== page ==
At stake in the showdown between Viacom and Google are all kinds of legally protected Internet communications, according to the Web-search giant.
Last week, Google responded to Viacom's copyright-infringement lawsuit, insisting Google and YouTube “respect” intellectual-property rights and that the media company's legal action “threatens the way hundreds of millions of people” use the Internet. Viacom in March filed suit over what it alleged was YouTube's “massive, intentional” stealing of its content and is seeking at least $1 billion in damages.
The Google response, filed April 30 with the U.S. District Court for the Southern District of New York, also asserted that both Google and YouTube “go above and beyond what the law requires” with regard to copyrighted material.
Google was referring specifically to the Digital Millennium Copyright Act of 1998, which provides immunity to Internet service providers from prosecution under copyright laws if a company has appropriate procedures in place to remove material when notified by the copyright holder.
“By seeking to make carriers and hosting providers liable for Internet communications, Viacom's complaint threatens the way hundreds of millions of people legitimately exchange information, news, entertainment, and political and artistic expression,” Google said in its response.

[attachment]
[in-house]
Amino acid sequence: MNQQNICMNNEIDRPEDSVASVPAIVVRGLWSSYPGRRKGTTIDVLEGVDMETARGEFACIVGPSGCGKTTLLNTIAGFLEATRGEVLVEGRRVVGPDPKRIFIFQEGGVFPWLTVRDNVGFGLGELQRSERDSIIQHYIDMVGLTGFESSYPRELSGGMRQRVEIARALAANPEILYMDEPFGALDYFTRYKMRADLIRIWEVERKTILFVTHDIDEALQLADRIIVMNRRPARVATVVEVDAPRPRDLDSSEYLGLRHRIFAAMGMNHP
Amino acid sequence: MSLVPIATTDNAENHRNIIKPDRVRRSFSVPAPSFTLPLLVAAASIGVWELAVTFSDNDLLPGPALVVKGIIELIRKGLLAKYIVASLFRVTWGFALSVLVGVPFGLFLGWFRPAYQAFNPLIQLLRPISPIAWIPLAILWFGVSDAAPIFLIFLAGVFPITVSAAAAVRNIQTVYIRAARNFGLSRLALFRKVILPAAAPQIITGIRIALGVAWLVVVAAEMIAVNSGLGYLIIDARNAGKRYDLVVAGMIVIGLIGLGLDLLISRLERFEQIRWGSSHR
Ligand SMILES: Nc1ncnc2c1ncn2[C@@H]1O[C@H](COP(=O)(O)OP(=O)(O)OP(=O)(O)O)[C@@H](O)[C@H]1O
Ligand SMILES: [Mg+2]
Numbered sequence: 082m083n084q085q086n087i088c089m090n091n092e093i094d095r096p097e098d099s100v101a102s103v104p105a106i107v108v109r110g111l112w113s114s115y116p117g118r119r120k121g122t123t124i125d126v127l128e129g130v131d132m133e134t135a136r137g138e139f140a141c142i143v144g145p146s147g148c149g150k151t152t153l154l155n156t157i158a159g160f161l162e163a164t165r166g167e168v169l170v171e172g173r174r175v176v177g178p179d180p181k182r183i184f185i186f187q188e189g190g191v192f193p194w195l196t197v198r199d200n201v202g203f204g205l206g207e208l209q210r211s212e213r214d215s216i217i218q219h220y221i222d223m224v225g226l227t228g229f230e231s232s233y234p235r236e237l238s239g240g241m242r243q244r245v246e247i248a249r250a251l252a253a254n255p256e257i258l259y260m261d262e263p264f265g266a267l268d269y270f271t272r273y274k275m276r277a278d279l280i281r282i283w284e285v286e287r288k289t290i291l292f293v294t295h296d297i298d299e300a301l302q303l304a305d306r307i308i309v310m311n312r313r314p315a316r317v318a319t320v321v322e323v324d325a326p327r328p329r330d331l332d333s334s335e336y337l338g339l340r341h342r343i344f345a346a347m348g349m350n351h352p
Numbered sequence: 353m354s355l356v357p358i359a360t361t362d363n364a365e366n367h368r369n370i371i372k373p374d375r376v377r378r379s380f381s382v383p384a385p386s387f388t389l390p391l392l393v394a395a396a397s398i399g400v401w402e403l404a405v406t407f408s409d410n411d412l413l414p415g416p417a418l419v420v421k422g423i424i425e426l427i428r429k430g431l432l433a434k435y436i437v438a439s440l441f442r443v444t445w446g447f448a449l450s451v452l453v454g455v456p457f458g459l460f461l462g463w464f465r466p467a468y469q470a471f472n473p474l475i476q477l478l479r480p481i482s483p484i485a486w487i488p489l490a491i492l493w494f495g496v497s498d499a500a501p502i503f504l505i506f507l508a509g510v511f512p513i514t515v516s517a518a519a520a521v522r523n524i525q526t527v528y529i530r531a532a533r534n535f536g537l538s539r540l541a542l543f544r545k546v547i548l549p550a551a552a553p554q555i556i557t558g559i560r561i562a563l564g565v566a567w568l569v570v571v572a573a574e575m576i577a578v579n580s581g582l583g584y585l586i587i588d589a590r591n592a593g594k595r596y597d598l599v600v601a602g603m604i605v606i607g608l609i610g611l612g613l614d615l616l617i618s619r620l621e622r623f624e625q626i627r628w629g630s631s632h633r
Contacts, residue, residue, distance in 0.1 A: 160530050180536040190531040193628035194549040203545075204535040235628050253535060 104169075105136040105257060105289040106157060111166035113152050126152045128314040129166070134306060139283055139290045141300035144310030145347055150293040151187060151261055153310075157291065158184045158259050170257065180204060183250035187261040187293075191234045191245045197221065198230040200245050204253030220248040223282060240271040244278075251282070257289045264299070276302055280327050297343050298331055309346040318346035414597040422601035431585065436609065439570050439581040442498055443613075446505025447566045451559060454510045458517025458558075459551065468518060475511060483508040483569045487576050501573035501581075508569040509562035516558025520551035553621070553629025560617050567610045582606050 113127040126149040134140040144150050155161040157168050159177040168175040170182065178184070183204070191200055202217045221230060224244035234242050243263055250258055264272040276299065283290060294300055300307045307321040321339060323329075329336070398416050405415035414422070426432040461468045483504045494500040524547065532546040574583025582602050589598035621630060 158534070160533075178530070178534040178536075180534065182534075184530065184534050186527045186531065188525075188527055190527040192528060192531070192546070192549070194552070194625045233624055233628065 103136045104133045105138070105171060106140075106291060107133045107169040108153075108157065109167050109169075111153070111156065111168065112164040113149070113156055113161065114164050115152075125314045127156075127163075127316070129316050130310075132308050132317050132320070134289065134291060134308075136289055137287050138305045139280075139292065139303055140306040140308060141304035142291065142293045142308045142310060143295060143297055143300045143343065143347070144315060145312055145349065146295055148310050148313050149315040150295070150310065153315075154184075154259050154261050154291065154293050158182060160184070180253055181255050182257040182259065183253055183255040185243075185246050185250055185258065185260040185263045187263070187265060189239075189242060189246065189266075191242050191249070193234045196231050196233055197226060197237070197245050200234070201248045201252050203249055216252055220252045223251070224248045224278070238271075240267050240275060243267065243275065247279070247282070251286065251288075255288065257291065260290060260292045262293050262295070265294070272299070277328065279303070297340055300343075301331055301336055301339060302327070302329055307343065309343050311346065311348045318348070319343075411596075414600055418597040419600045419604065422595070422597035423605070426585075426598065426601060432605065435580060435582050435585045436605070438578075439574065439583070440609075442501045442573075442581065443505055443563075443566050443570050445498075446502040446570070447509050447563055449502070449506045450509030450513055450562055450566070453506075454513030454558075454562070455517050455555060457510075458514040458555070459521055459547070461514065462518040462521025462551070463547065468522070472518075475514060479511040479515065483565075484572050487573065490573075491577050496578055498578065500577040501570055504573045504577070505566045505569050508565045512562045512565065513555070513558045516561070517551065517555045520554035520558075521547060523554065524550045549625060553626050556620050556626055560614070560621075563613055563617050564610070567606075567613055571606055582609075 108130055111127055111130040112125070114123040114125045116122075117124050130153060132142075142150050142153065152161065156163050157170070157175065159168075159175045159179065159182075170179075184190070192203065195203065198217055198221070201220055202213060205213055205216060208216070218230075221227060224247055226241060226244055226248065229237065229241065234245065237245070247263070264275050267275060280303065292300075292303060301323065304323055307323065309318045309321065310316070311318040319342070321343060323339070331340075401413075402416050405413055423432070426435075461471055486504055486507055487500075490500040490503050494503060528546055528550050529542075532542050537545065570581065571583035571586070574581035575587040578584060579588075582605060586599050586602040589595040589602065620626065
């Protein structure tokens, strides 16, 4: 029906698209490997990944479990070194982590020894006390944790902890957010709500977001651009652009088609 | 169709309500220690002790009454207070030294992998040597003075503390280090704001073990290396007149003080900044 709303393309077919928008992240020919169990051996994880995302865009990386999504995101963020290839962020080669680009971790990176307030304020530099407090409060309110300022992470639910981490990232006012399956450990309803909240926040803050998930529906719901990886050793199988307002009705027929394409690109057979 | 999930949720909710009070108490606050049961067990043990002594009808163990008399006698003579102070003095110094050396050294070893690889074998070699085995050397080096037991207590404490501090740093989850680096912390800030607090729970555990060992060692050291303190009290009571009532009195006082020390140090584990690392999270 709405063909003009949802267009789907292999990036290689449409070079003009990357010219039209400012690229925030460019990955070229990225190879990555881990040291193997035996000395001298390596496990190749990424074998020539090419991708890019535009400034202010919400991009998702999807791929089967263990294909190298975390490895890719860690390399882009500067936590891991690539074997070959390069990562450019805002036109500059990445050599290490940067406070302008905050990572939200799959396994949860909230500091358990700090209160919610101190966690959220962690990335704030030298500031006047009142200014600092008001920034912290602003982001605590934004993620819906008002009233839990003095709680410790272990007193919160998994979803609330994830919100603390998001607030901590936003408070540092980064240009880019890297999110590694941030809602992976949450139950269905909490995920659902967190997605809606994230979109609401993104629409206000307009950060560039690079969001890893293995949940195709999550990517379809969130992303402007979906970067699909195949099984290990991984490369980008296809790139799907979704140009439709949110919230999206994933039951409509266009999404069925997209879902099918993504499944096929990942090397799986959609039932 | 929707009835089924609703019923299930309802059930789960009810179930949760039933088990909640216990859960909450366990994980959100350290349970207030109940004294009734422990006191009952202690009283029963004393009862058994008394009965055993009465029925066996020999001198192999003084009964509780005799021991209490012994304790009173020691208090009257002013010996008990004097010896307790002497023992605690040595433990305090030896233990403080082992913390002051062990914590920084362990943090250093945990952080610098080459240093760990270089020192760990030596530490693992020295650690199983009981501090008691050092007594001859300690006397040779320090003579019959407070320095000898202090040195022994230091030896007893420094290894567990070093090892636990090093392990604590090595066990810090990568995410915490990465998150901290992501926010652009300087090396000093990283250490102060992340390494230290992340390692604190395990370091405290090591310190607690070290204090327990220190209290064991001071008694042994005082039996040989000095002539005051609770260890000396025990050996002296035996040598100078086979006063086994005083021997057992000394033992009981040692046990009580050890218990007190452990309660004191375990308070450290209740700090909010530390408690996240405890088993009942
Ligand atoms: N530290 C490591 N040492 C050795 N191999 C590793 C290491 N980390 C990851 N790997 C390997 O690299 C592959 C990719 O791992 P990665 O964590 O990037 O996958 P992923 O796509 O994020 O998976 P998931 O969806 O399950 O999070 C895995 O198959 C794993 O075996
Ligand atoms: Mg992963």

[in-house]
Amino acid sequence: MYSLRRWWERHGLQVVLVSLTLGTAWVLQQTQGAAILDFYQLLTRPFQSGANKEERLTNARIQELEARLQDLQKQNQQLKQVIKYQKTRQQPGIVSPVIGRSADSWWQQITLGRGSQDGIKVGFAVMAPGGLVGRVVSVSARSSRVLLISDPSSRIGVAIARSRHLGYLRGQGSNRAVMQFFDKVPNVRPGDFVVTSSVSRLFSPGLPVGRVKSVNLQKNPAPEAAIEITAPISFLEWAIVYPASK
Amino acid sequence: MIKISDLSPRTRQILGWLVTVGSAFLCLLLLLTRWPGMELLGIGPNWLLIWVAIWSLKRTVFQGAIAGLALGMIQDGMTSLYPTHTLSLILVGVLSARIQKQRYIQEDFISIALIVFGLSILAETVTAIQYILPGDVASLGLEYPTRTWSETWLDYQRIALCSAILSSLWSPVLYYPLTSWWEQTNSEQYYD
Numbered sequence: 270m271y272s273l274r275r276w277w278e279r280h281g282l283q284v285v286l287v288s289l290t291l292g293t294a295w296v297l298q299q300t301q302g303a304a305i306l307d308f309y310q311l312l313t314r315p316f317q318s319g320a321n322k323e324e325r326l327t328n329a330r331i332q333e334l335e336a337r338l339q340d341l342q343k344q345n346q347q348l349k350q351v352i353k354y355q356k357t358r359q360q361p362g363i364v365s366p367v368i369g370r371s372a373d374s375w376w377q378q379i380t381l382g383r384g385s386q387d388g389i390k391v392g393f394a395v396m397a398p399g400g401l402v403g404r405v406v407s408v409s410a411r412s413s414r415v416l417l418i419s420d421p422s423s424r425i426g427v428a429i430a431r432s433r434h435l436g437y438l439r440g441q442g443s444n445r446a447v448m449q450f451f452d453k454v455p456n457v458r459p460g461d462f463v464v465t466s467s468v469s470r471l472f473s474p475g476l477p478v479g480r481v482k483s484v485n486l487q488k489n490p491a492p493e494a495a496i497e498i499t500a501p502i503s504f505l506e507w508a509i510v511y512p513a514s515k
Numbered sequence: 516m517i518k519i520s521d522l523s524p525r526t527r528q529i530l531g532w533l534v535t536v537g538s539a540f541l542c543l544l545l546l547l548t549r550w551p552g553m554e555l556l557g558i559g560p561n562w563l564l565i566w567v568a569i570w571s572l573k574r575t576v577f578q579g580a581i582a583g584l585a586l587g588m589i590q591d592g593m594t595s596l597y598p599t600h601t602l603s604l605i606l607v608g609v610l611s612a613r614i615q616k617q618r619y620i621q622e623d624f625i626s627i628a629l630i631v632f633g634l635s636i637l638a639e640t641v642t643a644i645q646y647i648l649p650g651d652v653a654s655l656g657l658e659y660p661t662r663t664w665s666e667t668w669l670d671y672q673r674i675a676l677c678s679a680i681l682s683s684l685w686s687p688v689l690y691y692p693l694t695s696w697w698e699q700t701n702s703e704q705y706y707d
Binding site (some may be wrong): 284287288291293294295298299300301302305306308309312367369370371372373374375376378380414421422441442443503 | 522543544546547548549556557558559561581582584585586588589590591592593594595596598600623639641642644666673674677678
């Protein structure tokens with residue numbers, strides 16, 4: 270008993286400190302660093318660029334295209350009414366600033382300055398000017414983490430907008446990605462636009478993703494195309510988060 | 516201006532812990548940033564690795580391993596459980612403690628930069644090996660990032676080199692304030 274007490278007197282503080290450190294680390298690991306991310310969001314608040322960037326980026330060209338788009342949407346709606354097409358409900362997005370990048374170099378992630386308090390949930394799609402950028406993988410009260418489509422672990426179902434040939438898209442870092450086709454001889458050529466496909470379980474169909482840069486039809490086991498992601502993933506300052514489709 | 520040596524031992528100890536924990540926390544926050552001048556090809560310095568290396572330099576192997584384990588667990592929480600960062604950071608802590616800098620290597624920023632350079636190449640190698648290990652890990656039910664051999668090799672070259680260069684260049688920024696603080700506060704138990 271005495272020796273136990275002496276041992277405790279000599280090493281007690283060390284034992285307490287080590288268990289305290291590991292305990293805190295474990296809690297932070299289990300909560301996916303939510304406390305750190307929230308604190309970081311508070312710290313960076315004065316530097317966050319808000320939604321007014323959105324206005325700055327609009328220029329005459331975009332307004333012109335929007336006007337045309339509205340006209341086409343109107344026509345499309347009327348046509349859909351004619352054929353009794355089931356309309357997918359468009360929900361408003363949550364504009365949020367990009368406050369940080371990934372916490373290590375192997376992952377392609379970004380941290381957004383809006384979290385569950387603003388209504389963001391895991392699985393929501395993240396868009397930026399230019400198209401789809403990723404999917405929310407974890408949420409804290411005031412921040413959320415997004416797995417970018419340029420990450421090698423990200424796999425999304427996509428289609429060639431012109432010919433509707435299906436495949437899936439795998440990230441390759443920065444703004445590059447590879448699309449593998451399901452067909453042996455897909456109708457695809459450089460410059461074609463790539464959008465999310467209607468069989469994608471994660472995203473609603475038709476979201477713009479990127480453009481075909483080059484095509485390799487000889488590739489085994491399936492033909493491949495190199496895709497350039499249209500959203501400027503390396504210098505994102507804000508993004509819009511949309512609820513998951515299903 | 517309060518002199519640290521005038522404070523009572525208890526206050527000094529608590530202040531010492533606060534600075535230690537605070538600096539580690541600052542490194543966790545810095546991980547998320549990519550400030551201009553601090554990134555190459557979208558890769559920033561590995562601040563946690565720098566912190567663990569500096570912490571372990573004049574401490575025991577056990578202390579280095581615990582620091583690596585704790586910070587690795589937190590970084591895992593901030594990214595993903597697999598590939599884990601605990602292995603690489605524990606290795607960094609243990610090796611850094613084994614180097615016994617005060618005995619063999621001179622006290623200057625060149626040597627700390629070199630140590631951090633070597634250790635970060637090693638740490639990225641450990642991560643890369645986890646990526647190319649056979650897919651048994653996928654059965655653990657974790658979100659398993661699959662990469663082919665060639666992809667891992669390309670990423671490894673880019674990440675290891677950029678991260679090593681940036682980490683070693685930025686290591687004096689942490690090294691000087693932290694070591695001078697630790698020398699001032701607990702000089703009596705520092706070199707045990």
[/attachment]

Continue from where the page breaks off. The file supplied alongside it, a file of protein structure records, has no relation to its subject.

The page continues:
The DMCA, it said, “balances the rights of copyright holders and the need to protect the Internet as an important new form of communication.”
Viacom has essentially said that Google and YouTube forfeited their right to protections under the DMCA because YouTube's entire business model is based on members posted infringing content.
“YouTube's strategy has been to avoid taking proactive steps to curtail the infringement on its site, thus generating significant traffic and revenues for itself while shifting the entire burden — and high cost — of monitoring YouTube onto the victims of its infringement,” Viacom said in a statement in March.
The media company alleged that almost 160,000 clips of Viacom's programming have been available on YouTube without permission, and that these clips had been viewed more than 1.5 billion times.
Google closed its $1.65 billion acquisition of YouTube — whose 2006 revenues have been estimated to be no more than $15 million — in November.